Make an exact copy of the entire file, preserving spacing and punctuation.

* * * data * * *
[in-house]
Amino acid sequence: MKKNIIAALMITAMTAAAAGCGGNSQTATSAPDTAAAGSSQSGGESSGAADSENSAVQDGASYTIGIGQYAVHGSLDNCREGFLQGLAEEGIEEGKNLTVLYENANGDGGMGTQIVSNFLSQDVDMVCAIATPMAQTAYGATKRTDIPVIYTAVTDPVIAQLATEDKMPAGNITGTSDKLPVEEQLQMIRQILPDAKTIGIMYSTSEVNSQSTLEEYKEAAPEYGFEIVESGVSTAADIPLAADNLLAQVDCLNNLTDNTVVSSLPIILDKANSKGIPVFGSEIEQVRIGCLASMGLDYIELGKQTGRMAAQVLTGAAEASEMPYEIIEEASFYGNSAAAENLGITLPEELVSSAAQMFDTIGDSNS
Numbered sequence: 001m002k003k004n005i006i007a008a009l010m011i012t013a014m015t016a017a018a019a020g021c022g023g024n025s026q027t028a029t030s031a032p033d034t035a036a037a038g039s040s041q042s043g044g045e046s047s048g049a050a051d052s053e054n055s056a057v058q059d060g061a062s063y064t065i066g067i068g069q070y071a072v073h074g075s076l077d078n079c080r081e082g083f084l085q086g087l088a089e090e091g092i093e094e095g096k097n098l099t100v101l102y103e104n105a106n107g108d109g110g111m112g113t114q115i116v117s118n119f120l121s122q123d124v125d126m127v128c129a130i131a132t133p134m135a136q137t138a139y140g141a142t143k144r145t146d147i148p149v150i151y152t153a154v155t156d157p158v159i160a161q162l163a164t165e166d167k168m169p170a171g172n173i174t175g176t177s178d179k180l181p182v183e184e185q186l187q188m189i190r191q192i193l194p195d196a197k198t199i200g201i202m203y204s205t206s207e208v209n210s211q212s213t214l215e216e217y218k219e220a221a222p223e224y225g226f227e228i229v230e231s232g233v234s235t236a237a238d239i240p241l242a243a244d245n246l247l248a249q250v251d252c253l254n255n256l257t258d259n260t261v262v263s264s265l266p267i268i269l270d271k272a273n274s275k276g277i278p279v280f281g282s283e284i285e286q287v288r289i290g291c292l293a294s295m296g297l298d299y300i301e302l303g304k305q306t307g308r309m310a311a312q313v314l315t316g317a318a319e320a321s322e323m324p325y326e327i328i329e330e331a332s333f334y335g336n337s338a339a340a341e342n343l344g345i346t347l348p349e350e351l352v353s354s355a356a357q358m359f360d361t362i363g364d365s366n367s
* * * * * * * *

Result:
[in-house]
Amino acid sequence: MKKNIIAALMITAMTAAAAGCGGNSQTATSAPDTAAAGSSQSGGESSGAADSENSAVQDGASYTIGIGQYAVHGSLDNCREGFLQGLAEEGIEEGKNLTVLYENANGDGGMGTQIVSNFLSQDVDMVCAIATPMAQTAYGATKRTDIPVIYTAVTDPVIAQLATEDKMPAGNITGTSDKLPVEEQLQMIRQILPDAKTIGIMYSTSEVNSQSTLEEYKEAAPEYGFEIVESGVSTAADIPLAADNLLAQVDCLNNLTDNTVVSSLPIILDKANSKGIPVFGSEIEQVRIGCLASMGLDYIELGKQTGRMAAQVLTGAAEASEMPYEIIEEASFYGNSAAAENLGITLPEELVSSAAQMFDTIGDSNS
Numbered sequence: 001m002k003k004n005i006i007a008a009l010m011i012t013a014m015t016a017a018a019a020g021c022g023g024n025s026q027t028a029t030s031a032p033d034t035a036a037a038g039s040s041q042s043g044g045e046s047s048g049a050a051d052s053e054n055s056a057v058q059d060g061a062s063y064t065i066g067i068g069q070y071a072v073h074g075s076l077d078n079c080r081e082g083f084l085q086g087l088a089e090e091g092i093e094e095g096k097n098l099t100v101l102y103e104n105a106n107g108d109g110g111m112g113t114q115i116v117s118n119f120l121s122q123d124v125d126m127v128c129a130i131a132t133p134m135a136q137t138a139y140g141a142t143k144r145t146d147i148p149v150i151y152t153a154v155t156d157p158v159i160a161q162l163a164t165e166d167k168m169p170a171g172n173i174t175g176t177s178d179k180l181p182v183e184e185q186l187q188m189i190r191q192i193l194p195d196a197k198t199i200g201i202m203y204s205t206s207e208v209n210s211q212s213t214l215e216e217y218k219e220a221a222p223e224y225g226f227e228i229v230e231s232g233v234s235t236a237a238d239i240p241l242a243a244d245n246l247l248a249q250v251d252c253l254n255n256l257t258d259n260t261v262v263s264s265l266p267i268i269l270d271k272a273n274s275k276g277i278p279v280f281g282s283e284i285e286q287v288r289i290g291c292l293a294s295m296g297l298d299y300i301e302l303g304k305q306t307g308r309m310a311a312q313v314l315t316g317a318a319e320a321s322e323m324p325y326e327i328i329e330e331a332s333f334y335g336n337s338a339a340a341e342n343l344g345i346t347l348p349e350e351l352v353s354s355a356a357q358m359f360d361t362i363g364d365s366n367s